When’s the last time you physically copied something in the office? We’re willing to bet it’s been a minute, and probably because copiers have, for a long time, fallen short of our expectations for quality office equipment. But the photocopier industry isn’t what it used to be. When patent attorney Chester Carlson first invented the photocopying process in the late 30s, the commercial internet and the PC were still decades away. But digital technology is transforming the future of copiers. Now, printers and copiers have been reinvented, both as data endpoints and as office assets.
The merging of copiers and printers
Let’s talk classic pain points: Copiers using traditional xerography techniques can be expensive and difficult to maintain. Traditional copiers also have many moving parts, which can be prone to failure and difficult to replace. Welcome to 2017, where digital printing and scanning technology like HP’s A3 enables equipment to scan and reproduce documents with fewer components, which can lower cost and improve reliability. The future of copiers will see them merge with modern print innovations.
The need to copy documents will never go away, but companies have an increasing need to capture and manage images of their documents in some form of document management system. When you merge scanning and copying technology, benefits are soon to follow. Moving to a scanning technology that collects a document image while copying it allows users to preserve the image in a document management solution, making it available for printing later on. Users can tag the image with metadata and even make it possible to search the document’s text—given the right optical character recognition technology—deriving more value from the copying process.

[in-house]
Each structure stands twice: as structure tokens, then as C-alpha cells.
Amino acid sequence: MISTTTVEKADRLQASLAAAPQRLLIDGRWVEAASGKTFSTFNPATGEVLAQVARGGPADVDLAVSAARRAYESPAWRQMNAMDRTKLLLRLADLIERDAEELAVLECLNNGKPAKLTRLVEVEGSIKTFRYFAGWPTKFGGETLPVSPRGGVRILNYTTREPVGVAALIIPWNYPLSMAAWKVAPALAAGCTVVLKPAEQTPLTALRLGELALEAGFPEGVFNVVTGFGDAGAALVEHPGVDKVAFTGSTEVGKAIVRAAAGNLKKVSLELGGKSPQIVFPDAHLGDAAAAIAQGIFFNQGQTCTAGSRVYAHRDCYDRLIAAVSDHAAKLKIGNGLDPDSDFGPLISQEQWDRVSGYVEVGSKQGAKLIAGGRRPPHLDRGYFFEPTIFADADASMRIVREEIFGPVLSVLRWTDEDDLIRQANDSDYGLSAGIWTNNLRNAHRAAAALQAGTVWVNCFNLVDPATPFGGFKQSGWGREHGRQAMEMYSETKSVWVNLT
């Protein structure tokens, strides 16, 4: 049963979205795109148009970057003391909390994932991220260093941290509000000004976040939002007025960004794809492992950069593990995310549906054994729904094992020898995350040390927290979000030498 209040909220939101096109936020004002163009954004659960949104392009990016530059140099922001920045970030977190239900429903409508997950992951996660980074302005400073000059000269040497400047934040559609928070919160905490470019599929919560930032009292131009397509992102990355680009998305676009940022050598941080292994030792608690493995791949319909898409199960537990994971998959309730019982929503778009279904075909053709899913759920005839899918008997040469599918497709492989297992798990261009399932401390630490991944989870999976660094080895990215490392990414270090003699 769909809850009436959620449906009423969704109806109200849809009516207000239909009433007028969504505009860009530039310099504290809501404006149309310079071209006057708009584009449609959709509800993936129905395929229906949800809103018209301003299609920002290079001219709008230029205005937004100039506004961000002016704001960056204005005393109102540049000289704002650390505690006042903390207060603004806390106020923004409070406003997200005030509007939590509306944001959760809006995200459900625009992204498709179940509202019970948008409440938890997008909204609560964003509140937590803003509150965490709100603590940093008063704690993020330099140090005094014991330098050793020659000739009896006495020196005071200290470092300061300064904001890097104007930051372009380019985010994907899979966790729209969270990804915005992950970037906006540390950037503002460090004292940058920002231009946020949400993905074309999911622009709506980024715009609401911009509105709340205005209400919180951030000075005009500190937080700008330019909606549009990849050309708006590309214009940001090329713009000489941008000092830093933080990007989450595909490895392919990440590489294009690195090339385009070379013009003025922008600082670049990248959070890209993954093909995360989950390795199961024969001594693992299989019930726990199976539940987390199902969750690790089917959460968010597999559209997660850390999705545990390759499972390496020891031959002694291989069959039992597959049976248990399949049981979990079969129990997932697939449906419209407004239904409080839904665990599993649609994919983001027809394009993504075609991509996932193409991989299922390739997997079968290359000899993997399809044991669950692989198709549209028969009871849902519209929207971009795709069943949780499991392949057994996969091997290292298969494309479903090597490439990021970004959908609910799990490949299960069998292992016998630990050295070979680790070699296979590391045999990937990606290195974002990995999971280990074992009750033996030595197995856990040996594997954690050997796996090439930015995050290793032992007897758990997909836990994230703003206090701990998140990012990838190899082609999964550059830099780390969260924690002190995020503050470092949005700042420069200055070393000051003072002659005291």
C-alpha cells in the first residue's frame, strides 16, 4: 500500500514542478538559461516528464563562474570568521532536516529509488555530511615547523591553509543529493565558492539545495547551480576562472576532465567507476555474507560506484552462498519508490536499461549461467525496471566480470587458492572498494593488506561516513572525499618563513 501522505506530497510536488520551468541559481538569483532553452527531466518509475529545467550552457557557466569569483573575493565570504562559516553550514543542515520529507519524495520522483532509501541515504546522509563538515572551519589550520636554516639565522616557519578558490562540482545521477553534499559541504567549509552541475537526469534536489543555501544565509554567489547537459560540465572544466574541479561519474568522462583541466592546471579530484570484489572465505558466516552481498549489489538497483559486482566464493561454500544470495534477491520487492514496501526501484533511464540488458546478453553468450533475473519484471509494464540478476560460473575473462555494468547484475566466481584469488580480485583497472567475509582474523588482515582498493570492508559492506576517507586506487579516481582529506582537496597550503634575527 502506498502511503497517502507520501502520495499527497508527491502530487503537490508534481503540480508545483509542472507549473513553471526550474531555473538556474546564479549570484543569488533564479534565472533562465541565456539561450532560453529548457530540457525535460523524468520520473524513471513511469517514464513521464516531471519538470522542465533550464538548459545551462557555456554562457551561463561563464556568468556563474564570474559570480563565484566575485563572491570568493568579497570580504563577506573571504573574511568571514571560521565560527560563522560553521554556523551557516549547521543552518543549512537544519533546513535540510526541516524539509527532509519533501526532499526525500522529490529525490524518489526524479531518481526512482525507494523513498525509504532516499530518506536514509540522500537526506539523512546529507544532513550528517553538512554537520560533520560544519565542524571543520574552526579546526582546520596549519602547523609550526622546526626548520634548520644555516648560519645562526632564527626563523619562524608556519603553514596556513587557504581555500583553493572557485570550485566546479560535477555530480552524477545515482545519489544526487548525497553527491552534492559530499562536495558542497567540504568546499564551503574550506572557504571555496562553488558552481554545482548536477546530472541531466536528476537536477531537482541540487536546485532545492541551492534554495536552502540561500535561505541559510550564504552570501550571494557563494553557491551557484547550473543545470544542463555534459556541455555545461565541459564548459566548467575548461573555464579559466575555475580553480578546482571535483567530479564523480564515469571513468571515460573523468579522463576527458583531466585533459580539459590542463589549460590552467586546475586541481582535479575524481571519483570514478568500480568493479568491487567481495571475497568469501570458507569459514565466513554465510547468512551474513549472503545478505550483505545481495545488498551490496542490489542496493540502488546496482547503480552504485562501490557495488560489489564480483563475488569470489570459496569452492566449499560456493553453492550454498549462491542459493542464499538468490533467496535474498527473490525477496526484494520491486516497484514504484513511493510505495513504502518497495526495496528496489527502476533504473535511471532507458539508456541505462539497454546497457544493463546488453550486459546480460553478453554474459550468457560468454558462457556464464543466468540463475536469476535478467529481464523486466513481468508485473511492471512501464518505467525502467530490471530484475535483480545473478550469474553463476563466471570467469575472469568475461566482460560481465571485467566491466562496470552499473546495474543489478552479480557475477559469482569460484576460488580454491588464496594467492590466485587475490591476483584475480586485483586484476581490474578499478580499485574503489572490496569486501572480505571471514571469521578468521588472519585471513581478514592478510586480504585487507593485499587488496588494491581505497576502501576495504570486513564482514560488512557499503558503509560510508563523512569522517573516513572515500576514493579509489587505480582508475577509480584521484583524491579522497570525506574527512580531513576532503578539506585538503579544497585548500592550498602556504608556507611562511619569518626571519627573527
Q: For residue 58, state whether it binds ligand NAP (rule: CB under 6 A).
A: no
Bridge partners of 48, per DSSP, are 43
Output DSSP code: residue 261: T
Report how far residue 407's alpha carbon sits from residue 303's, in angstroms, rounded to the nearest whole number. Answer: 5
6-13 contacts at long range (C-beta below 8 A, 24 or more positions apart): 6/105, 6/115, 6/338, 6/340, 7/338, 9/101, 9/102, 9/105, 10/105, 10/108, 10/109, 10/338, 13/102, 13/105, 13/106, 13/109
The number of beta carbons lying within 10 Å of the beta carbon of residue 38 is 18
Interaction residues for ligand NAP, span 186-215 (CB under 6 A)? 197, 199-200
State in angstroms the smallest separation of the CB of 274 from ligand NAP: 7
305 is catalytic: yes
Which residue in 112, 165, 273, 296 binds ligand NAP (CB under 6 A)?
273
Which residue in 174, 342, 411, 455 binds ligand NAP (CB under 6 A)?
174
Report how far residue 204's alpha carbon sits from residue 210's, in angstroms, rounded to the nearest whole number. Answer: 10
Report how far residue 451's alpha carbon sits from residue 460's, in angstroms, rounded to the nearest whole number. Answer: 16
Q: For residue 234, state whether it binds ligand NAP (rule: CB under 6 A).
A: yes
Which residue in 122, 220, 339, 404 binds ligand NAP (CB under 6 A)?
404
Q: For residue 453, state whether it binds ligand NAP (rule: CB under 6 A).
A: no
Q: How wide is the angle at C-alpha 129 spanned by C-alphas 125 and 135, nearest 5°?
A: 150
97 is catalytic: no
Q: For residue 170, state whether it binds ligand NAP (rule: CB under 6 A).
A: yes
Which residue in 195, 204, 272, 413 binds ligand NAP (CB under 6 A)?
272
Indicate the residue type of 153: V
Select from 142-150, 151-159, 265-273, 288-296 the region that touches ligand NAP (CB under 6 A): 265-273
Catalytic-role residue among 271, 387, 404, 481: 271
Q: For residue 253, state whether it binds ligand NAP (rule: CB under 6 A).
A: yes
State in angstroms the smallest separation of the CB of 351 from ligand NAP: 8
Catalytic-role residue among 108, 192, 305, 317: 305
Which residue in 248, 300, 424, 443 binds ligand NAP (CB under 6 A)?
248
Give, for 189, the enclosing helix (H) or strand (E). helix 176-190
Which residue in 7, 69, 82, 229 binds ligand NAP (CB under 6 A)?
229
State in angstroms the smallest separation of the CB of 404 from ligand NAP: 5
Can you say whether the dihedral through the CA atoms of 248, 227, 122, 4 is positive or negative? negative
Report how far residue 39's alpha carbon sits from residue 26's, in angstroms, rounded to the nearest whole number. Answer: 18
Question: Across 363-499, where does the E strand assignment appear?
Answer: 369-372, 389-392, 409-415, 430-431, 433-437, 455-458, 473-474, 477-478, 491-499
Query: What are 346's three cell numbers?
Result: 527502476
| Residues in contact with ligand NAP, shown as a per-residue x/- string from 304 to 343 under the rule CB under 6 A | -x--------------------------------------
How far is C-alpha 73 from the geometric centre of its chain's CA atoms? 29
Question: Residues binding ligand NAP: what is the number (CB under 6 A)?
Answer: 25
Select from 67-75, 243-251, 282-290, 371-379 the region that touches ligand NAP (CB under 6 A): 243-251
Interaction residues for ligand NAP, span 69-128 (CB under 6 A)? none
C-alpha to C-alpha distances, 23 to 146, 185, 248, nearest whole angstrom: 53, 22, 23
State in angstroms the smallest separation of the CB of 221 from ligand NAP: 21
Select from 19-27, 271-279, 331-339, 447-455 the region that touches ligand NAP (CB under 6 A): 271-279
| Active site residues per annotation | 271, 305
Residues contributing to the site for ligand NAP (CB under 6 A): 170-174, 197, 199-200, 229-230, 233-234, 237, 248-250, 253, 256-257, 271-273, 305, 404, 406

The future of copiers will see them as more connected than ever before. A3 copiers are often sold on a leased basis, with service technicians who come to replace consumables and fix it when it fails. The higher the cost of maintenance, the greater the cost of the lease to the end user, as vendors fold the expense into the contract. Turning the copier into a connected device can bring the customer a winning combination of lower cost and higher up time.
By connecting the copier to a cloud-based monitoring service (essentially making it part of the Internet of Things), a vendor can monitor the status of internal copier components in detail. It can then use back-end predictive diagnostics software to spot problems before they affect the user’s service, and send a service technician out to fix them. Monitoring copiers like this also tells vendors when they’re running out of consumables. A constantly-updated picture of toner and paper usage enables the vendor to replace them when necessary, rather than analyzing past figures and making a guesstimate.
A focus on security
For years, poor security was the dirty little secret of the copier and printer business. Most digital business copiers have hard drives that store copies of the documents that they’re reproducing. They also store considerable metadata about those documents—all of which is invaluable to intruders. In the past, information thieves used to dive in dumpsters to get access to sensitive documents that employees had discarded. Today, they can scour a copier’s hard drive instead, either by hacking into the company’s network directly or by accessing end of life or previously-leased equipment.
In the past, security has been an afterthought in copier design. But as data thieves become more sophisticated, it needs to play a part in the future of copiers if they’re to continue being useful business tools. Designing copiers from the ground up with proper built-in data encryption and data wiping functions is part of every vendor’s responsibility—and every customer’s due diligence.
Up-time, security, efficiency, content management—technology has come a long way from the 30s to improve these processes, specifically evolving to eliminate office pain points. Designed for managed print services, innovative print and copier technology like HP’s A3 multifunction printer are a gamechanger for office workflows.